STAR TREKMOVIE REVIEW
Don't you hate reset button episodes?
For those who don't know, in sci-fi TV series when things happen that radically change the plot (the deaths of major characters, the revelation of secret identities, etc.) you immediately begin to suspect you're watching a reset button episode, i.e. an episode where something magical or time travelish will happen to erase all the radical changes and put things back the way they were.
This is not a reset button episode.
STAR TREK was written by the writing team of Roberto Orci and Alex Kurtzman (THE ISLAND, TRANSFORMERS, FRINGE [TV]) and directed by J.J. Abrams (MISSION: IMPOSSIBLE III, LOST [TV], ALIAS [TV], FRINGE [TV]).
The story begins with the Federation starship Kelvin encountering a huge alien vessel. Captain Robau (Faran Tahir: IRON MAN) goes over to talk to Nero (Eric Bana: HULK), the Romulan commander of the huge alien vessel, and that doesn't go well. This leaves George Kirk (Chris Hemsworth) briefly in charge and he does what he must to save his pregnant wife and about-to-be-born son, James.
In other words in the first few minutes of the movie, stuff happens that violates the long established Star Trek mythology chain of events.
We jump to a few years later and see the very troubled James Tiberius Kirk (Chris Pine: CARRIERS) growing up in Iowa, getting drunk, showing great interest in cadet Uhura (Zoe Saldana: VANTAGE POINT), and getting into fights with Starfleet cadets. A good talking to from Captain Christopher Pike (Bruce Greenwood: DISTURBING BEHAVIOR, BELOW, THE CORE, I, ROBOT) results in young Kirk joining Starfleet.
Meanwhile on planet Vulcan, a young Spock (Zachary Quinto: 24 [TV], HEROES [TV]) makes a difficult career choice and unlike in the original series (and somewhat inexplicably), his father Sarek (Ben Cross: EXORCIST: THE BEGINNING, SPECIES: THE AWAKENING) is fine with it.
Now before you get the idea that I'm being a nit-picky trekkie* let me just state that I really liked the clever way the writers found to erase the Star Trek history as we know it and open up the new crew to all kinds of new story possibilities, unbound by the previous Star Trek timeline.
In fact, I liked a lot of things about the movie. The story moves fast, there's never a slow spot or dull moment, and we find out a lot of interesting details about the personal relationships between the characters.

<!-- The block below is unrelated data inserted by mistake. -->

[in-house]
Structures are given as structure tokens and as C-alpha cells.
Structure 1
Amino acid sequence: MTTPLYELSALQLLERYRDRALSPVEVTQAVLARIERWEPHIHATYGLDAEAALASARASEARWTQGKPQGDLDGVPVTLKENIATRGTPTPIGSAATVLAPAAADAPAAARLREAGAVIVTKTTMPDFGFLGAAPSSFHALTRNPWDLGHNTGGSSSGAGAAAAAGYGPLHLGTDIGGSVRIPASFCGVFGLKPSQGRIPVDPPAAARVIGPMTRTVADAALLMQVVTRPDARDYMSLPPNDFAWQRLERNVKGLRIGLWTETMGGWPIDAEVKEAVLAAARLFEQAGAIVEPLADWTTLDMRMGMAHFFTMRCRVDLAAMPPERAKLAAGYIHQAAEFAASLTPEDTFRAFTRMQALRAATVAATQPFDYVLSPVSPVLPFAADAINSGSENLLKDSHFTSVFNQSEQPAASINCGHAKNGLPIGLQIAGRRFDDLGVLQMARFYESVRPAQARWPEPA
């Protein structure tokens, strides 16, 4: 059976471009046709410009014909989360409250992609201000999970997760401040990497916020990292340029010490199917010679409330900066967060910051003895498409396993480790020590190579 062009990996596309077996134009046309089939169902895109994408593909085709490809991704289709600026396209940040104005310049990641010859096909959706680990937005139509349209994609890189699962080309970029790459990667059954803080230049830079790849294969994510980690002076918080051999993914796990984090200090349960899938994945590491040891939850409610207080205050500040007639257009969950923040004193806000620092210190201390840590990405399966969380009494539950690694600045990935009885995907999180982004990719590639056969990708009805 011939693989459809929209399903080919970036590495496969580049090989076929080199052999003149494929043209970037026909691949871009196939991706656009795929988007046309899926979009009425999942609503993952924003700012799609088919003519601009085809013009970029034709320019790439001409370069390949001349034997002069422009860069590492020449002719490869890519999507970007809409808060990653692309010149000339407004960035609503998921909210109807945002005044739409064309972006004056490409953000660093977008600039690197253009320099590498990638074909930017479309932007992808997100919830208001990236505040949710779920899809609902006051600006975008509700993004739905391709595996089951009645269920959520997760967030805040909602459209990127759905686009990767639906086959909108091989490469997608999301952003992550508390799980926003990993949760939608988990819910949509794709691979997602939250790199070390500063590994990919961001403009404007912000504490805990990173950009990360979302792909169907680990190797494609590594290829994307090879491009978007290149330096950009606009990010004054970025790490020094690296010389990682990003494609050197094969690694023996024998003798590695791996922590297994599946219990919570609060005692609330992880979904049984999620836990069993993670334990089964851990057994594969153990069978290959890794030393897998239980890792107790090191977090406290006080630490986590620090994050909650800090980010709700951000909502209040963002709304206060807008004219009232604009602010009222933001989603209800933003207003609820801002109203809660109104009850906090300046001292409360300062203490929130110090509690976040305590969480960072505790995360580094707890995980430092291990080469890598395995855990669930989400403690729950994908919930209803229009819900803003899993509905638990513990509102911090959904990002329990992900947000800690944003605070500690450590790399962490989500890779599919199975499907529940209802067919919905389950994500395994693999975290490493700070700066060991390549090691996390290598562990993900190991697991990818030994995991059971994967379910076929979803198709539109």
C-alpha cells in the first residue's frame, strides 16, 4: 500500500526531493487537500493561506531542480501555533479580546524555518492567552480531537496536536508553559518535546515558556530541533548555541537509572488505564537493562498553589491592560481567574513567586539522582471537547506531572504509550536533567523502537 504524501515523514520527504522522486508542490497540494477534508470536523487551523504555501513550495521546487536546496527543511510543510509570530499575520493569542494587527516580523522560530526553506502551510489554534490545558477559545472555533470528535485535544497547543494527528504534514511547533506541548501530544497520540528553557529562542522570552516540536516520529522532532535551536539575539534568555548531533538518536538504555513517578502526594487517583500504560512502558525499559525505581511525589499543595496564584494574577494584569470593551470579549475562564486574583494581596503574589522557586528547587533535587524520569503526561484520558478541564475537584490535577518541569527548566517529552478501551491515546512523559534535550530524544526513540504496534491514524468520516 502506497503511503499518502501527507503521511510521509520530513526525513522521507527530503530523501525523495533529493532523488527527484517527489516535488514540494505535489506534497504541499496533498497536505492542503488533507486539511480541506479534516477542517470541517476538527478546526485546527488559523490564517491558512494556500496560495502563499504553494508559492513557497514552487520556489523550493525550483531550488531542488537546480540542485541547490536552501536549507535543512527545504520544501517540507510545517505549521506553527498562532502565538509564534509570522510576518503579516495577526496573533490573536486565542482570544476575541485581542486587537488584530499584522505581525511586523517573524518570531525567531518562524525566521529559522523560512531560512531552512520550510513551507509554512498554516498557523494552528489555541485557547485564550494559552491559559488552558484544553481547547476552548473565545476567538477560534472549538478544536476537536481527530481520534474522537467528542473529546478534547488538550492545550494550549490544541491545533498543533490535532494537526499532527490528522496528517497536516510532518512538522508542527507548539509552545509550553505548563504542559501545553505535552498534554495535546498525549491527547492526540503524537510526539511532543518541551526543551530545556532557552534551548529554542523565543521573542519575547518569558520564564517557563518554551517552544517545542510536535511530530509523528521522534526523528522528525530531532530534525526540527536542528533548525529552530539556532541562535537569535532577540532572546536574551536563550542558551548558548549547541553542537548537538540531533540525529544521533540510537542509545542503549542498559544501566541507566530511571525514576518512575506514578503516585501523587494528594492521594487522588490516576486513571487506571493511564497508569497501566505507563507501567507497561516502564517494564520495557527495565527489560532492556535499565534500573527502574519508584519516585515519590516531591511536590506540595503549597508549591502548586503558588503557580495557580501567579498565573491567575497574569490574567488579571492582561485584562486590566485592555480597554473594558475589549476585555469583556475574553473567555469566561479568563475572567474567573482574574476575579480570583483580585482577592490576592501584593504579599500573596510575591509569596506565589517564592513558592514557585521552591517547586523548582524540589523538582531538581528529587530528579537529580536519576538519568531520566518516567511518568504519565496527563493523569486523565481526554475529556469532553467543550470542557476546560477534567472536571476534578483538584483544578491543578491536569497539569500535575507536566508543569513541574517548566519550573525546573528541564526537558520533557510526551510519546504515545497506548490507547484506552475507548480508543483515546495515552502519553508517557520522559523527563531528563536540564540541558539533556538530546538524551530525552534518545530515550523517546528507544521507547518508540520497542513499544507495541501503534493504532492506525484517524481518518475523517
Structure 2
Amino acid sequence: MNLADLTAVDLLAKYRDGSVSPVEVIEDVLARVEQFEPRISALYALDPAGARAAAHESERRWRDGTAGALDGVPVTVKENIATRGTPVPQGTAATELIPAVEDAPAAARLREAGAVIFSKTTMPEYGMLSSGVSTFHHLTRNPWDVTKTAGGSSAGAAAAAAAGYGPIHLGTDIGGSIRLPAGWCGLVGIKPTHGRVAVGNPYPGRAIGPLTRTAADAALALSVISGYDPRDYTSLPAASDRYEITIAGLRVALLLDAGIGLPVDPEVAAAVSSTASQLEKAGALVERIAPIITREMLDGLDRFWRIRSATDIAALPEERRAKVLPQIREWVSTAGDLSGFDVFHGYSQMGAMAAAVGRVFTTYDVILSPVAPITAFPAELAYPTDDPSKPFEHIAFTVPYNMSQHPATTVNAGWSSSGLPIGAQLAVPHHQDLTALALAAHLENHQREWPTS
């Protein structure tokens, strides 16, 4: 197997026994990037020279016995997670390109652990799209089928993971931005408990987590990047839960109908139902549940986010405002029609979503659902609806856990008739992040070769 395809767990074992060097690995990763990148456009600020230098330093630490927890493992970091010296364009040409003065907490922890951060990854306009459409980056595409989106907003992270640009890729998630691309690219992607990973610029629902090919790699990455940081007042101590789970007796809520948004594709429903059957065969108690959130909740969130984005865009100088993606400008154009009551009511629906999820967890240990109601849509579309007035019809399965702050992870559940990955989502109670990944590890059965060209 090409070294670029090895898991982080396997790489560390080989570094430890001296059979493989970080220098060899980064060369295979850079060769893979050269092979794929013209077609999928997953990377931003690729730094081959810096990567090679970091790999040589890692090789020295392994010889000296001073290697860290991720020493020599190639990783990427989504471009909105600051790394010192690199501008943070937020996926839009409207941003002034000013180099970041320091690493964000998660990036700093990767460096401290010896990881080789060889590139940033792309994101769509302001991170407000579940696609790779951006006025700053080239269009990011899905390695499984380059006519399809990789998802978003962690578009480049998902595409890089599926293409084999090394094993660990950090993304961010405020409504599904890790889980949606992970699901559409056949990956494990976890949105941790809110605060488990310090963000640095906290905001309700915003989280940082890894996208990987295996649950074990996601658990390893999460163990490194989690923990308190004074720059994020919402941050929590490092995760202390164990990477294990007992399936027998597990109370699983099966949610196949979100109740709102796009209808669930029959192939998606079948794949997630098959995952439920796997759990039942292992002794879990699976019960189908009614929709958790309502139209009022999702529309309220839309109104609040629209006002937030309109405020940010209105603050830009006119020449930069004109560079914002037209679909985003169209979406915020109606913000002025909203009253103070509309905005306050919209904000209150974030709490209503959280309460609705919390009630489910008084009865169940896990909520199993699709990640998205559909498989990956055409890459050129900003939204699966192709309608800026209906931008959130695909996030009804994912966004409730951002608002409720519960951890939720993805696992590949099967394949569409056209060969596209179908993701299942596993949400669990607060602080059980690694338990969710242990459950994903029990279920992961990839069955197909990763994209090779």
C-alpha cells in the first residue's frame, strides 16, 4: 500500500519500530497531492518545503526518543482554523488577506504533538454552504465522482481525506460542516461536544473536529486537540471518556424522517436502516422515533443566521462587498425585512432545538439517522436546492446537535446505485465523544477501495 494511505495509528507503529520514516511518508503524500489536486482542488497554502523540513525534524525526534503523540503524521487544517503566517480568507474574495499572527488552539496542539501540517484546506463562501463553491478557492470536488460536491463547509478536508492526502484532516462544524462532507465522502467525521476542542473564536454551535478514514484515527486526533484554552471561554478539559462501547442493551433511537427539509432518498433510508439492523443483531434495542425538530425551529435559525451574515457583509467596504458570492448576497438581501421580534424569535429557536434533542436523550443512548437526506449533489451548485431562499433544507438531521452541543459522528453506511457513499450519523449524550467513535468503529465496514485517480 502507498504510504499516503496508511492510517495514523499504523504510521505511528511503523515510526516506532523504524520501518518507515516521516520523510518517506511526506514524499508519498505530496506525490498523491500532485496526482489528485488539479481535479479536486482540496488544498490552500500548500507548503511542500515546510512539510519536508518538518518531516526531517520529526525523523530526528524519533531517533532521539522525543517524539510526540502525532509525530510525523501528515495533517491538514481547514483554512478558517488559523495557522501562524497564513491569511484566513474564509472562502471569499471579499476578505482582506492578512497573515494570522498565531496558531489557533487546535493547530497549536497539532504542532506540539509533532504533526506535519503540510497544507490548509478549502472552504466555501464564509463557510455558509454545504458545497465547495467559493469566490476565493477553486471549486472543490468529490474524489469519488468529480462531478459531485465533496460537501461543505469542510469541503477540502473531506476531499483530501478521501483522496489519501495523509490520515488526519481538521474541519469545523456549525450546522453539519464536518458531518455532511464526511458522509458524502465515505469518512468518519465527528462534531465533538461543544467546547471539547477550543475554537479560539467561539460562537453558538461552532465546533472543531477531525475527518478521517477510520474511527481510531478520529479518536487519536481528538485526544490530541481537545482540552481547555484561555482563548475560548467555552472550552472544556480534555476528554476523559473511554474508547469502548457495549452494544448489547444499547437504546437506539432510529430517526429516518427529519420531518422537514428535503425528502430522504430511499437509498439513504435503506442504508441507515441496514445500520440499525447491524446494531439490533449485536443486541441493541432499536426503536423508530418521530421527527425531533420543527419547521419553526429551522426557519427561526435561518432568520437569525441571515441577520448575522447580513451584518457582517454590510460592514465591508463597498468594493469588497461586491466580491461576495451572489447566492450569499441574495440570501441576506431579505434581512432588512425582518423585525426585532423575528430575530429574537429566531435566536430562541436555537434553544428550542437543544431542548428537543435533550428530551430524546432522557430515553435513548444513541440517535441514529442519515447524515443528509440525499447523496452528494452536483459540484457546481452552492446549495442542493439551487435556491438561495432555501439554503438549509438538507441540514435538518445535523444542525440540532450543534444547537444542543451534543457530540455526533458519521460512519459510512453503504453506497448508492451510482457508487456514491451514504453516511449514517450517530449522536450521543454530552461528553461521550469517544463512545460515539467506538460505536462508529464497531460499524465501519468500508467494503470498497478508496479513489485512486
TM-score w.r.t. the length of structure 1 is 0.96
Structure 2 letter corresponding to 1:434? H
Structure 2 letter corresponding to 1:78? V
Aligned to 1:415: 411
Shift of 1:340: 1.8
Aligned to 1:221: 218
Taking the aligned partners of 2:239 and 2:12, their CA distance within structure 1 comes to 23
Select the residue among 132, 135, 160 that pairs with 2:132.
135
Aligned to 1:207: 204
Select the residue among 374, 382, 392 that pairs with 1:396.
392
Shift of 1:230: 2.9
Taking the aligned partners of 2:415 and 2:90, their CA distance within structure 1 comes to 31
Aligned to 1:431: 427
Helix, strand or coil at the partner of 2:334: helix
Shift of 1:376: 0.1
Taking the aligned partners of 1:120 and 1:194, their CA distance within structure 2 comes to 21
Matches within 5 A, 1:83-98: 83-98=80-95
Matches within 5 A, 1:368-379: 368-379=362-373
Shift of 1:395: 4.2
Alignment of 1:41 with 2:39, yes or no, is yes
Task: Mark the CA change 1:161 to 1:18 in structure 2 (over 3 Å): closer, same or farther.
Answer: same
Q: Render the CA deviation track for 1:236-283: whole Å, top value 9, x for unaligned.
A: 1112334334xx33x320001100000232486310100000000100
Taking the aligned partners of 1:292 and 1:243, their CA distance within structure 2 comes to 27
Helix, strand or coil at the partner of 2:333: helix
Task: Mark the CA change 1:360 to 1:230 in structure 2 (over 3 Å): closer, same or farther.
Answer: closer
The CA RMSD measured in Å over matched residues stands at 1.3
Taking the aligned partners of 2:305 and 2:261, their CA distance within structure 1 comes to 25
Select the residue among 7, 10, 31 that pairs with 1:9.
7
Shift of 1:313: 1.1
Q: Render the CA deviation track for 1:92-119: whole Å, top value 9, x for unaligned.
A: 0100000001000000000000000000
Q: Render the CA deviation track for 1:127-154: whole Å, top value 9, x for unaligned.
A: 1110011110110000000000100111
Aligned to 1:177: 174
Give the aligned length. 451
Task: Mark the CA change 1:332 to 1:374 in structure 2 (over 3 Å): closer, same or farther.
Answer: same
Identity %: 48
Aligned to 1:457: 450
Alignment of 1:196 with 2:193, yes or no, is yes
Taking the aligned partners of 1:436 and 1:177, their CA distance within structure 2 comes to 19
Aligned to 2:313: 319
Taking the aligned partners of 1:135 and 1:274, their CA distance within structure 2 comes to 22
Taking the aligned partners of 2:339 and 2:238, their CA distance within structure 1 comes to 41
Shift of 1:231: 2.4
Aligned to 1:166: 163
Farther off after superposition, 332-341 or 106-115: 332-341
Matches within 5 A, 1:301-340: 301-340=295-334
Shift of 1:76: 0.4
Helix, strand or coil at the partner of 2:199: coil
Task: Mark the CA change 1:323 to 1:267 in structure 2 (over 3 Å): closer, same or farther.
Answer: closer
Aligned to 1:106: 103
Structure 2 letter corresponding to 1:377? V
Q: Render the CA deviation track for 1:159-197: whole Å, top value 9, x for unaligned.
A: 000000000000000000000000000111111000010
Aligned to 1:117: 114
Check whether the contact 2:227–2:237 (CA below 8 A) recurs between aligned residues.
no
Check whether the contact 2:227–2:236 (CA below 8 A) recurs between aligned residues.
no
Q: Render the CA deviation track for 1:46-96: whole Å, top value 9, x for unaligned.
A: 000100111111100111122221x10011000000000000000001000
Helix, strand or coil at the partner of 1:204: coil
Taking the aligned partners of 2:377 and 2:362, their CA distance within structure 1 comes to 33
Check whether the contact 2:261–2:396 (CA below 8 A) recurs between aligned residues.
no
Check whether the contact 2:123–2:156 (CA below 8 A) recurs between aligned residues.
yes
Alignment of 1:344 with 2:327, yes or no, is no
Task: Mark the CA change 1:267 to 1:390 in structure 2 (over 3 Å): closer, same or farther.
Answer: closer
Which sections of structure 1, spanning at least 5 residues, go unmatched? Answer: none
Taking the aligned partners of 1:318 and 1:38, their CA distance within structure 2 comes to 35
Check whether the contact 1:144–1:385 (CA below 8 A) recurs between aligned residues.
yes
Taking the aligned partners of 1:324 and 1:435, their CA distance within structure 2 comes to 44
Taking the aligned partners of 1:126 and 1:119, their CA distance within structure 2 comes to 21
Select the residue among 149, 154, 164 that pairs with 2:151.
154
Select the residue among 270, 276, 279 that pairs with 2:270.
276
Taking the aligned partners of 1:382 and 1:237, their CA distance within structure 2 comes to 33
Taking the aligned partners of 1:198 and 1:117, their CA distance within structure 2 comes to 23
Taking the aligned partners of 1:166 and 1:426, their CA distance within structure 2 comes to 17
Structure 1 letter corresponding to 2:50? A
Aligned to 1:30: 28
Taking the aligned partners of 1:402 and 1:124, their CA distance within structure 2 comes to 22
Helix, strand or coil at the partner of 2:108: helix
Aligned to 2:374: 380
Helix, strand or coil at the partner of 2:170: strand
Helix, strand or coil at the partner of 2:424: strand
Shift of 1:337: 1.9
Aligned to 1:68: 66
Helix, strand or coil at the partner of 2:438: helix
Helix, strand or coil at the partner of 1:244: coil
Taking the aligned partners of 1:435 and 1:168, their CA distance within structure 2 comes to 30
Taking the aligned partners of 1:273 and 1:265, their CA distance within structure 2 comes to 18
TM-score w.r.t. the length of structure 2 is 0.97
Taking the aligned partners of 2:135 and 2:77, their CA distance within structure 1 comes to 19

And I do mean all the characters, because we also meet Scotty (Simon Pegg: SHAUN OF THE DEAD, LAND OF THE DEAD, HOT FUZZ), Sulu (John Cho: EVOLUTION) and Checkov (Anton Yelchin: ALONG CAME A SPIDER). It bothered me a bit that only Simon Pegg as Scotty seems age appropriate.+ Everyone else looks too young to be playing these parts, especially Chris Pine as Kirk.
But what about the science, you ask?
Before I get into that, there are two things I'd like to mention. First, none of the Star Trek series and certainly none of the movies have been known for paying a lot of attention to their science details (some have at least made an effort – Next Generation had a science advisor in later seasons).
Second, although this movie had the classic "sound in space" error during space battles, they did have a couple scenes where unlucky crewmen were sucked into space and those scenes were silent like they should be so kudos for that.
So with those caveats, let's talk about J.J. Abrams'
The tiny singularity (which, depending on how tiny, wouldn't exist for long thanks to Hawking radiation) would pass right through the unlucky planet and absorb it in seconds.
Continued at Science Moment/StarTrek.
And by the way, Delta Vega is not in the same solar system as Vulcan.
Everyone knows Delta Vega is near the edge of the galaxy. It's the uninhabited planet where Kirk tried to strand Gary Mitchell in "Where No Man Has Gone Before", after Mitchell acquired God-like powers from his encounter with the Galaxy's edge.
Okay, I guess I am a nit-picky trekkie.
STAR TREK gets three shriek girls. I wish I liked it more but here we are.